• I don't think that not being totally up to date on scholarship prejudices the status of the article, particularly at GA level. If the title was Historiography of the Battle of Marathon, it'd certainly be very different but I think the article still does all the things a casual reader would expect of it. I've made some edits to clean up some rot on the article (mostly template issue and image spacing), but I think it would be a real shame to see it removed from the GA lists for something so minor. —Brigade Piron (talk) 17:24, 12 September 2014 (UTC)
  • I don't feel the publication of new works should be weighed very highly. As for the remainder of the points, they seem to be things which could be handled via editing and improving the article. Protonk (talk) 18:32, 21 September 2014 (UTC)

Rape and pregnancy controversies in United States elections, 2012[edit]

Article (edit | history) · Article talk (edit | history) · WatchWatch article reassessment pageMost recent review
Result pending

On the talk page, some editors have expressed doubt about the article be WP:GA. RightCowLeftCoast was the last to do so. I request a community reassessment. Thank you. Casprings (talk) 14:18, 4 September 2014 (UTC)

Looking @ WP:GA? -
Layout appears to be satisfactory
Words to Watch: 1 use of the word racist; 6 usages of the word controversial
Several counts of the usage of some people: some American pro-life activists say; some analysts identified; some called for him; some social conservative organizations
Reading the source only the Family Research Council is named: some commentators; experts said
1 use of the word supposed; 1 use of the word accused; 1 use of the word reveal
Content appears to be Verifiable to reliable sources, with in line citations, some minor syntax errors, but nothing significant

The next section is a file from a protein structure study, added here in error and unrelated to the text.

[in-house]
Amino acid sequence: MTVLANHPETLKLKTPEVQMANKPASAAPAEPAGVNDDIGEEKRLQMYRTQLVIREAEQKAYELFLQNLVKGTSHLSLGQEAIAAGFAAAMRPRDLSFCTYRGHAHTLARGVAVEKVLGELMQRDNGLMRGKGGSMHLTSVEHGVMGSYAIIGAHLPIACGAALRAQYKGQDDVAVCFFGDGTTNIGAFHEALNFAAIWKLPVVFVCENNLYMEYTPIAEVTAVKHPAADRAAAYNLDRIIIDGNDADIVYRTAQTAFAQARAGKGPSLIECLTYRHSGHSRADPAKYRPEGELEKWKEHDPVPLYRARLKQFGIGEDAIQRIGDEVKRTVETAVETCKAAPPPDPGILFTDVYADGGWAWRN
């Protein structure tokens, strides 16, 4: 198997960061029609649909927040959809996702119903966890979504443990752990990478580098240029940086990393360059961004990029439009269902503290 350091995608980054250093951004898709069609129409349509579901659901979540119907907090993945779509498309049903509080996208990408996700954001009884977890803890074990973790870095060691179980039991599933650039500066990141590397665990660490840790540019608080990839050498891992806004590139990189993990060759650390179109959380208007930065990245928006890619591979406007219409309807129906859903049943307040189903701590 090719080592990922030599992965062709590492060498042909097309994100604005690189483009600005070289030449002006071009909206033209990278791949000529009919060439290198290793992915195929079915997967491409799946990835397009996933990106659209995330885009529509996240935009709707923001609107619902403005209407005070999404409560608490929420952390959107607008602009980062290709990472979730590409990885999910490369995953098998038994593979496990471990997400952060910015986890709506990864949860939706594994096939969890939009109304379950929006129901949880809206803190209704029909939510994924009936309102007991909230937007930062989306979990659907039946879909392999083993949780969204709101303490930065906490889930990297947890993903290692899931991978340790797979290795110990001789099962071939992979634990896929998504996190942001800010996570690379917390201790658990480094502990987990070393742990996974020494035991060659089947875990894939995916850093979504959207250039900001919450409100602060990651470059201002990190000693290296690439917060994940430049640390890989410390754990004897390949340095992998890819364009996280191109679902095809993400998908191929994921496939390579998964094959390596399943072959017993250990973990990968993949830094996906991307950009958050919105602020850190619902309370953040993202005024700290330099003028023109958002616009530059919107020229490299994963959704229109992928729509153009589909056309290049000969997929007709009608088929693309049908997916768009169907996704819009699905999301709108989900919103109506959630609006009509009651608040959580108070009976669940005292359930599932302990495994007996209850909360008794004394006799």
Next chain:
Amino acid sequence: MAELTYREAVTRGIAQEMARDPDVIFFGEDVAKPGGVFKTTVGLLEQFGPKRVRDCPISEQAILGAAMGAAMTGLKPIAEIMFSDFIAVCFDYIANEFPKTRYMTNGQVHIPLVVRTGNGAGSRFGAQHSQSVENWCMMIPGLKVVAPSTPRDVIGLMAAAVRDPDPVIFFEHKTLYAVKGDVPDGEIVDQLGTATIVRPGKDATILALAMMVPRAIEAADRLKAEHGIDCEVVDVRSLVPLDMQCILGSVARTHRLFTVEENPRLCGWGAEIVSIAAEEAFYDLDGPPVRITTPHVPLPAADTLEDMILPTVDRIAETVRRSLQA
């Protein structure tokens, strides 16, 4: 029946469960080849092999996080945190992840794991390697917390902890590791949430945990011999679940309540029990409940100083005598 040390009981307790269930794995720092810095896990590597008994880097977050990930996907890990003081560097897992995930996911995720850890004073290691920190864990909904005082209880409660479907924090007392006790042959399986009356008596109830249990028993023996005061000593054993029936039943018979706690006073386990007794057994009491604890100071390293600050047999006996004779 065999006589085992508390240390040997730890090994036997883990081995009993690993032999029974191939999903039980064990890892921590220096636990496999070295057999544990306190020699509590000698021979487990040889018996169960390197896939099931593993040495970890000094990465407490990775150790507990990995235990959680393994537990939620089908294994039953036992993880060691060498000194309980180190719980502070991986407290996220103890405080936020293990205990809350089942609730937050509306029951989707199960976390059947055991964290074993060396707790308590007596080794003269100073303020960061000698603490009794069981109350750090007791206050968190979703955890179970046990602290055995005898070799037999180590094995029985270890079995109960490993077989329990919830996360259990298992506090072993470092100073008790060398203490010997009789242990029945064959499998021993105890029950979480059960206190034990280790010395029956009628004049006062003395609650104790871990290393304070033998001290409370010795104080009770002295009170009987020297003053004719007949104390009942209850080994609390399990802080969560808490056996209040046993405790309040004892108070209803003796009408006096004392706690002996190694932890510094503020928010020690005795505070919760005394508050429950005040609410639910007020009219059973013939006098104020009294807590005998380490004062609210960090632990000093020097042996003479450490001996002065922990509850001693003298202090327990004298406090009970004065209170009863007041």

Given the specific scope of being only the 2012 election cycle in the United States, it appears to be primarily focused on two individuals, so to say it is broad is debatable.
Neutral, now that is where I have issue with. Although all the opinions are well cited, this article appears to be an attack page on two living individuals, largely being a collection of statements against the statements made by the individuals. Each of these separately received significant coverage, and although the events are related it would be like creating an article about all multi-person death events in year XXXX. Therefore, I am saying this article is not neutral on its face.
The article is stable.
The article contains supporting images.
Therefore, I would de-list this article, until its neutrality is greatly worked on, and it complies with WTW.--RightCowLeftCoast (talk) 20:24, 4 September 2014 (UTC)
  • I do disagree with that assessment, even if some of it may be useful in helping the article. I will have to look at the context of the words to watch. That said, I disagree with the article not being neutral "on its fact". I would note that the major issue has been discussed here. Casprings (talk) 20:41, 4 September 2014 (UTC)
  • I concur with RCLC's assessment en toto. I particularly agree with his view that the article's neutrality needs a lot of work, and given that at its heart, the very premise of the article is non-neutral, I can't even really see a path to real neutrality for it. Thus, my recommendation would also be to delist this article. LHMask me a question 13:55, 13 September 2014 (UTC)